Sourcing Summit – Workshop 4: Engaging Candidates After Sourcing
This was my highlight for the day. With the schedule at hand, I eagerly awaited for Riges’ workshop. The reason for my excitement was that I felt that this topic covered an area that isn’t often talked about (phone work) and I thought it would also offer me some practical knowledge for when I got back into the field. To say the least, I wasn’t disappointed.
To cut to the chase, this talk was ”short and sharp” [please excuse the pun]. We started off with a few introductory slides but soon the powerpoint stayed frozen on the slide with simply: ‘Q&A’ in bold. For me, it wasn’t the content that was important, it was the potential for a major mind-shift for those who were hesitant in leveraging the phone.
The messages that really brought it home for me were:
- The importance of scripting
- Your job as a sourcer when engaging candidates
They say when you approach a candidate, the initial call can be made or broken within the first ten seconds… five if you’re asking a hardcore phone sourcer.
I was glad that Riges was not shy in sharing some of his “scripts” when engaging with potential candidates. He offered three one liners which he uses that have a high success rate in eliciting candidate engagement. Let’s explore and break down the psychology behind each of them:
“How do you see your career evolving” – As opposed to “are you happy with your current position?”… The difference is that the first is an open question that requires the candidate to engage with you and really articulate their answer. The latter is a closed question which offers the candidate an easy option of having a one word answer. In addition, the vast majority of strangers you ask this latter question to will result in a resilient ‘Yes!’. Why? Well besides the fact that you’re probably calling them at work and they’re surrounded by their colleagues, many people do not like the thought that they are generally unhappy with their job. A job which they turn up to for 1/3 of the day and half their waking hours, five days a week. This phenomenon is called cognitive dissonance.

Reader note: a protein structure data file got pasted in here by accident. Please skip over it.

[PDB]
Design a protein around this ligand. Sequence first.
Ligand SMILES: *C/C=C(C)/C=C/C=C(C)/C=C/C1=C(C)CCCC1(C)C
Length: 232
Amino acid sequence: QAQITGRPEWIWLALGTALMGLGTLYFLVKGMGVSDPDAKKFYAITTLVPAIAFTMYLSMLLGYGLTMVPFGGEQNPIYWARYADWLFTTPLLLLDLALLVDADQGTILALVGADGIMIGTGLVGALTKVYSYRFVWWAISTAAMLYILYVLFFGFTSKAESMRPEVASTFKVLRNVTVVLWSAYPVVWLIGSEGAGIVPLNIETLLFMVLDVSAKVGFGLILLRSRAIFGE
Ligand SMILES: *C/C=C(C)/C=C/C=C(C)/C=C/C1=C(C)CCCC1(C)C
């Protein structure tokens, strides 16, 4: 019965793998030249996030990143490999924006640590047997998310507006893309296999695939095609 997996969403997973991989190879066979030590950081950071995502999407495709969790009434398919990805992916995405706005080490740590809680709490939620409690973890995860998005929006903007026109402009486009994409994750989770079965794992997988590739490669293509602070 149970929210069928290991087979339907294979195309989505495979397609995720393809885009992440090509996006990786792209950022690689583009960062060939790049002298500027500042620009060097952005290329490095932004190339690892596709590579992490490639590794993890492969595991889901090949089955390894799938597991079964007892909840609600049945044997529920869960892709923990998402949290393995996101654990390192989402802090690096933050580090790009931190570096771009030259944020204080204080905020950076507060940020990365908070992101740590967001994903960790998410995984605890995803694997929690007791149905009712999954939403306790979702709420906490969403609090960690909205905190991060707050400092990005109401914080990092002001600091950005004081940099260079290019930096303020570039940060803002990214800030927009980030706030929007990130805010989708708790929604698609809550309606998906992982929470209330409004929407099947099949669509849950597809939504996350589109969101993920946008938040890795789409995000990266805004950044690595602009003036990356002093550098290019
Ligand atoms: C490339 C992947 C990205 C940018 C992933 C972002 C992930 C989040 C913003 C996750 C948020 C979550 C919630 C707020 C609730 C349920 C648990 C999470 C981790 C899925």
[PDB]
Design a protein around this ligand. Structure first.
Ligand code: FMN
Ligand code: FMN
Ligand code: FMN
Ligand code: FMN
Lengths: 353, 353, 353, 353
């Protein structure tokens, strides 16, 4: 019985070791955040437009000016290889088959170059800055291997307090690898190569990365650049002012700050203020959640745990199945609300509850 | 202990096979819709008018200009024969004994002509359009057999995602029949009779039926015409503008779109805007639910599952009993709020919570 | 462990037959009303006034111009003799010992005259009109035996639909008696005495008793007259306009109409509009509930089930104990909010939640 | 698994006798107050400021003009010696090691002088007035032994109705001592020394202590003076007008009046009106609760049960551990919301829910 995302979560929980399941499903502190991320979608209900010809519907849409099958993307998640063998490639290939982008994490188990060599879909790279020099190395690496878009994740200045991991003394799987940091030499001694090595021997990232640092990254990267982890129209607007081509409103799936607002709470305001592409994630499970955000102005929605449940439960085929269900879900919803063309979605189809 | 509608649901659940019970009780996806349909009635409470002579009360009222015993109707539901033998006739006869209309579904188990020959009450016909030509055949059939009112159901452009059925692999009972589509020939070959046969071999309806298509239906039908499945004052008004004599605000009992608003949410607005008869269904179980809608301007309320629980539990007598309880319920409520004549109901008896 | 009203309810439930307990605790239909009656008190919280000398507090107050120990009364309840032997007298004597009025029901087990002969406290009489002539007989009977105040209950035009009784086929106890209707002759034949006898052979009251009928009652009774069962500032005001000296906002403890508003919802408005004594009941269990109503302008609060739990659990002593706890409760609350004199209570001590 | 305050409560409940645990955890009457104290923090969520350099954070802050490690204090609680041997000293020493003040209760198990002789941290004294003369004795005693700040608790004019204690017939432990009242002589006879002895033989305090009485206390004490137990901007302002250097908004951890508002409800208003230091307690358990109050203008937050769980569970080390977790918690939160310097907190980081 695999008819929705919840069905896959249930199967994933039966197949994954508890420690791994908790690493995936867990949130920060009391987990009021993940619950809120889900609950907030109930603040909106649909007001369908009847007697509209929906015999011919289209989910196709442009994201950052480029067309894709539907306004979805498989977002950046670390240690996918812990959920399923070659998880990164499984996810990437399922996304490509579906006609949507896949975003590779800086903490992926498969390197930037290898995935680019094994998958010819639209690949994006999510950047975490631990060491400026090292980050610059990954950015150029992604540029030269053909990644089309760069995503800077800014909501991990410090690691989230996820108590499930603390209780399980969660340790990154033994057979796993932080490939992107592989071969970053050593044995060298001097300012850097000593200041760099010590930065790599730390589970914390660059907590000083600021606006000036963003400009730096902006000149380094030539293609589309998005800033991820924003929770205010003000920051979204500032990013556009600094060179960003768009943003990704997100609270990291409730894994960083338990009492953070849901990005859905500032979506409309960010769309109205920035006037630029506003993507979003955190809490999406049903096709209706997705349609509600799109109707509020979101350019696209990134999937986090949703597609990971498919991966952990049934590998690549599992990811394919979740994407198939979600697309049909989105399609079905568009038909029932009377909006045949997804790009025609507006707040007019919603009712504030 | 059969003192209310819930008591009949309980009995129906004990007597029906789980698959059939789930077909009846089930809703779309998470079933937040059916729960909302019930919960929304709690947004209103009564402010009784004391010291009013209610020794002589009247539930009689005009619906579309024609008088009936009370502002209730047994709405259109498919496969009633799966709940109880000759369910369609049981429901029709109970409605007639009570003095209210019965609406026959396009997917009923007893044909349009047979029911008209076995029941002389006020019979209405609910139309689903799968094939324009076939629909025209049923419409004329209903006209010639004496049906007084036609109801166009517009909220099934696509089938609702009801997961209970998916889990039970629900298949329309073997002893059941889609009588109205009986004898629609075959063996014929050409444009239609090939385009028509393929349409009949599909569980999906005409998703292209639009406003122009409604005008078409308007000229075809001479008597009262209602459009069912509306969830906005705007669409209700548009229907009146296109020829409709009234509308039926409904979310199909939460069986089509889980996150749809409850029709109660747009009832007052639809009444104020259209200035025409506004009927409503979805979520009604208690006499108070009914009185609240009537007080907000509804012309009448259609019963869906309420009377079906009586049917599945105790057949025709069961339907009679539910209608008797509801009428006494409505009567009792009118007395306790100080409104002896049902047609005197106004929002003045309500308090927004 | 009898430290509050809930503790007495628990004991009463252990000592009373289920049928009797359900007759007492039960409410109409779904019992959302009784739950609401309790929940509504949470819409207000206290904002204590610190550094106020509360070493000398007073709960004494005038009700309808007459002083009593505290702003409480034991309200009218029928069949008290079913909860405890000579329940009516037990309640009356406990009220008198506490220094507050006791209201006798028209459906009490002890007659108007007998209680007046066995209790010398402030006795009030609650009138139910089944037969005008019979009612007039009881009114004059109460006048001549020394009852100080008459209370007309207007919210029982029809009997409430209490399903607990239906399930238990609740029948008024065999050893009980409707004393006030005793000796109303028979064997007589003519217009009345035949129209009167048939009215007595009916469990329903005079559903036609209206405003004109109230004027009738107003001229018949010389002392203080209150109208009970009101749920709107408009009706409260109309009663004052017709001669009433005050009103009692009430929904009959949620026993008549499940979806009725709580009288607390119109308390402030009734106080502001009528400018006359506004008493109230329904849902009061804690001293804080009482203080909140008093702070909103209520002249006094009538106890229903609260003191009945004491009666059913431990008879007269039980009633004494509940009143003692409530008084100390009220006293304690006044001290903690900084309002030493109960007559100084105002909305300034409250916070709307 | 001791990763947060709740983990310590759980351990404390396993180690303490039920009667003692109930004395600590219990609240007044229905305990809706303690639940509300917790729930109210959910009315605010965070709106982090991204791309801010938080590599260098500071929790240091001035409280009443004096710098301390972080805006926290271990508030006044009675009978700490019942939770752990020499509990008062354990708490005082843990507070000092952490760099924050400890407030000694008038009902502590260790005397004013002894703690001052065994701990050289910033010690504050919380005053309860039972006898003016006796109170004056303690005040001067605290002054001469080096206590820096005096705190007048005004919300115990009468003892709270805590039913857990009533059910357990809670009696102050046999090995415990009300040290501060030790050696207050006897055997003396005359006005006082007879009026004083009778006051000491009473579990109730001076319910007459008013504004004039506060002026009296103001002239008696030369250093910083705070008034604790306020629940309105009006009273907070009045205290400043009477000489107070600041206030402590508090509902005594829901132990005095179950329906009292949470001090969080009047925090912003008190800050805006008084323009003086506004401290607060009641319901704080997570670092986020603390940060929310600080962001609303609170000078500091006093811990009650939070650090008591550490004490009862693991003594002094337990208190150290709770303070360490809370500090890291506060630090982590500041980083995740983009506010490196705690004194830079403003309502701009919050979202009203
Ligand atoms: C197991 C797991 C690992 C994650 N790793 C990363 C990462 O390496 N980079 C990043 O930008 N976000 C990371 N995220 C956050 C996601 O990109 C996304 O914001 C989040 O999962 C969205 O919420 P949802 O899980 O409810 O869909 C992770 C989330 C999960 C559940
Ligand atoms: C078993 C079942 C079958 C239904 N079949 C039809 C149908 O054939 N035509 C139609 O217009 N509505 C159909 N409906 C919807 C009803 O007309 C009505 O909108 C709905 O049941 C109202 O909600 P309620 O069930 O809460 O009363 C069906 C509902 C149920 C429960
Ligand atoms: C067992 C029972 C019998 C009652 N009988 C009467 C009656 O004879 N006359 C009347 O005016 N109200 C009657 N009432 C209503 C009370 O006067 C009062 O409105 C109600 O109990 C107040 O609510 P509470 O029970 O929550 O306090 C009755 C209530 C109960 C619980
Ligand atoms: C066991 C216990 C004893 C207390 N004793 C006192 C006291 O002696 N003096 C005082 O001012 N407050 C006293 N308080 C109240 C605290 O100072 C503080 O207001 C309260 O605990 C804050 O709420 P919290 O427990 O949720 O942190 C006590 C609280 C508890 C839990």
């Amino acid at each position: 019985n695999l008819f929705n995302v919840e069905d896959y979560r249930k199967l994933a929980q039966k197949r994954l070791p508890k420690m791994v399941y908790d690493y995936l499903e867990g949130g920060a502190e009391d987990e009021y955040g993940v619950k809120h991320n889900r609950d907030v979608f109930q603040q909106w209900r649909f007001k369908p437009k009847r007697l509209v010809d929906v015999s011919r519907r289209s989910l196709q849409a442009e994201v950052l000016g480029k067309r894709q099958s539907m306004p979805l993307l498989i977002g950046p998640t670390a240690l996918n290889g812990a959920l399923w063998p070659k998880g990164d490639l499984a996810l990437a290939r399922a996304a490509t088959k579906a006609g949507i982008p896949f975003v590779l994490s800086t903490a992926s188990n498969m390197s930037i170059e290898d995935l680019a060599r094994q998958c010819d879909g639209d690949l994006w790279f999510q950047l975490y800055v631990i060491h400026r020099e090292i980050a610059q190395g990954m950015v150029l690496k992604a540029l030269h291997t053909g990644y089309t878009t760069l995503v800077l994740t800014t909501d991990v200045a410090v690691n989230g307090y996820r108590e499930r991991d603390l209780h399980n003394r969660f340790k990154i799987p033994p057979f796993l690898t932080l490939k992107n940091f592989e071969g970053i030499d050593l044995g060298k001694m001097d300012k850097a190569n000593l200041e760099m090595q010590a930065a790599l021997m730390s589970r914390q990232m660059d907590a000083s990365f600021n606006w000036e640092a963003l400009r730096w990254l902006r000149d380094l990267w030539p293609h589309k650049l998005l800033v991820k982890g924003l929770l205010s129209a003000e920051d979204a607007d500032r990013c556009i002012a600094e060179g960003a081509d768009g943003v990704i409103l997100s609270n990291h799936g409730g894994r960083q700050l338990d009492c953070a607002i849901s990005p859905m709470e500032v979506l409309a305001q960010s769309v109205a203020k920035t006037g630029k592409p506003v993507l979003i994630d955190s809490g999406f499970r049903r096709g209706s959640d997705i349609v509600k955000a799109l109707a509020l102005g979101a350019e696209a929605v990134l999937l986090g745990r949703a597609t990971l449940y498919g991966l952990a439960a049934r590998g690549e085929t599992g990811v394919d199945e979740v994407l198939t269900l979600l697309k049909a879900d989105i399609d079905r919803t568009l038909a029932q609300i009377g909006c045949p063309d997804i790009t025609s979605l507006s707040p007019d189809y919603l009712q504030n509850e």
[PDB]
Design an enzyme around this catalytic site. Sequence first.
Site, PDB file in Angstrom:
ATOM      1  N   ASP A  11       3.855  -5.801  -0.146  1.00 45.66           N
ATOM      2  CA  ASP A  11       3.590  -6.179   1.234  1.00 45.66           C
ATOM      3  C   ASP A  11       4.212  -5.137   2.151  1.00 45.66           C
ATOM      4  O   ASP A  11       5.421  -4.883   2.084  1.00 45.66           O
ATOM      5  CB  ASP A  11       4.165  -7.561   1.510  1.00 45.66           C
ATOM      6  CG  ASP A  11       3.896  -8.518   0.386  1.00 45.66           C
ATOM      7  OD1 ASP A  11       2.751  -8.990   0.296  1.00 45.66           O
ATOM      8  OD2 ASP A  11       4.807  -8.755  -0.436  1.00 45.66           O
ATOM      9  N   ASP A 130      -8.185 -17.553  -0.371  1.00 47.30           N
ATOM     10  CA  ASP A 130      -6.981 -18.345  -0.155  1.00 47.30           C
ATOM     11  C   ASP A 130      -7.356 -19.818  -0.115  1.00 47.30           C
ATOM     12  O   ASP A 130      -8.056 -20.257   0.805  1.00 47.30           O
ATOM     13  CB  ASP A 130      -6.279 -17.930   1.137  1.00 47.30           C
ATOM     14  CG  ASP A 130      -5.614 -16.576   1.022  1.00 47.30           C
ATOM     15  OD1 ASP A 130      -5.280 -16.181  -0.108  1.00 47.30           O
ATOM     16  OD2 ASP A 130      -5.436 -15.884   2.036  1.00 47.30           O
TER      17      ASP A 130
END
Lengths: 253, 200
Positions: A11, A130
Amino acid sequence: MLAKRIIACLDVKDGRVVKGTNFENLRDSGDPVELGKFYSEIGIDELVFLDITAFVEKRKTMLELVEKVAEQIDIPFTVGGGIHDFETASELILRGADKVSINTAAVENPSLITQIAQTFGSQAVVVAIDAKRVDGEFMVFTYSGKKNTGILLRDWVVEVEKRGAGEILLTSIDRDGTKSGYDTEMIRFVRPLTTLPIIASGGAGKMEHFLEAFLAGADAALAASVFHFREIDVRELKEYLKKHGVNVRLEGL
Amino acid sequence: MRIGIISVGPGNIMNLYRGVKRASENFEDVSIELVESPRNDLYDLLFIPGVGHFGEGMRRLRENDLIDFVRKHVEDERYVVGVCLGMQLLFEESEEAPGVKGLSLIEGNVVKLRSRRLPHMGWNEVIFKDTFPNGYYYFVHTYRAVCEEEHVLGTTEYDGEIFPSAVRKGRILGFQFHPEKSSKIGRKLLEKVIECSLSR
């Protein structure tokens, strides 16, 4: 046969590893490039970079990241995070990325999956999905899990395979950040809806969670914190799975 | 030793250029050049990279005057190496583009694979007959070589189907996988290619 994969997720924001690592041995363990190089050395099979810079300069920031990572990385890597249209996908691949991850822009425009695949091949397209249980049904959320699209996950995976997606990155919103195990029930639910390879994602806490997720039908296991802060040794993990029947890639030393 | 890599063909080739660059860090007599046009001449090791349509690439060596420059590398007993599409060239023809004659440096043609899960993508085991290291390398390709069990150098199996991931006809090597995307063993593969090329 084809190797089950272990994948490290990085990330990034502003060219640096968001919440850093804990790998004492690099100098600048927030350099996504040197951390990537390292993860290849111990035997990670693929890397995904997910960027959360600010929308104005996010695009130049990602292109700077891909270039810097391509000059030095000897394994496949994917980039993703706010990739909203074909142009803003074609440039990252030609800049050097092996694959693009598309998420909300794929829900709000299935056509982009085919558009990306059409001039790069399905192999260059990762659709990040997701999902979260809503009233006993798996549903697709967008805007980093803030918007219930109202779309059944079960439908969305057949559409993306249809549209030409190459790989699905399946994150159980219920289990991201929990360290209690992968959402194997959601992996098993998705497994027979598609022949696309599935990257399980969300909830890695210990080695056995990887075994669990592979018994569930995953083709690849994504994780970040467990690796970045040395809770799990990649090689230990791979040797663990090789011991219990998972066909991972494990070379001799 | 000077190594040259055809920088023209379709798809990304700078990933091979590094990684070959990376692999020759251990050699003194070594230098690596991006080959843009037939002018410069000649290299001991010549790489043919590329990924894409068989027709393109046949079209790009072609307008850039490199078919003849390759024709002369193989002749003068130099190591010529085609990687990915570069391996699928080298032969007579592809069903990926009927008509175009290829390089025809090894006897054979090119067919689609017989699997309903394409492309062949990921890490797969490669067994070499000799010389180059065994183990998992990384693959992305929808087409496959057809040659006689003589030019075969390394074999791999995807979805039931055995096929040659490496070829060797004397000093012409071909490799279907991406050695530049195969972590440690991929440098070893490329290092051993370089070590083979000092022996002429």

“Paying you the courtesy by letting you know…” – as opposed to “I’m not sure if you’re interested in exploring any opportunities…” The difference is that the first example is much more subtle in the approach and it invokes the notion of reciprocity. People tend to want to help others who have helped them. By letting them know that you’ve just paid them a courtesy, it’s more likely that they would want to return the favour, perhaps, by giving the opportunity some actual consideration or by referring you to some people they know who might be suitable.
“Would you be open to hearing about…” – Similar to the previous example in that it’s a soft approach. With it, you don’t assume or imply that the candidate is “actively looking” for a position and so the candidate doesn’t automatically have their defences up, ready to reject your offer.
Your Job as a Sourcer
With the clock at 1 AM and another full day of the summit to look forward to, I think this point can be summed up in the following line from Riges’ slide. To put some context around it, the line is in regards to your interaction with candidates:
“You must uncover and understand motivations and aspirational needs”
Have some scripts of your own you’d like to share? Why not share them below!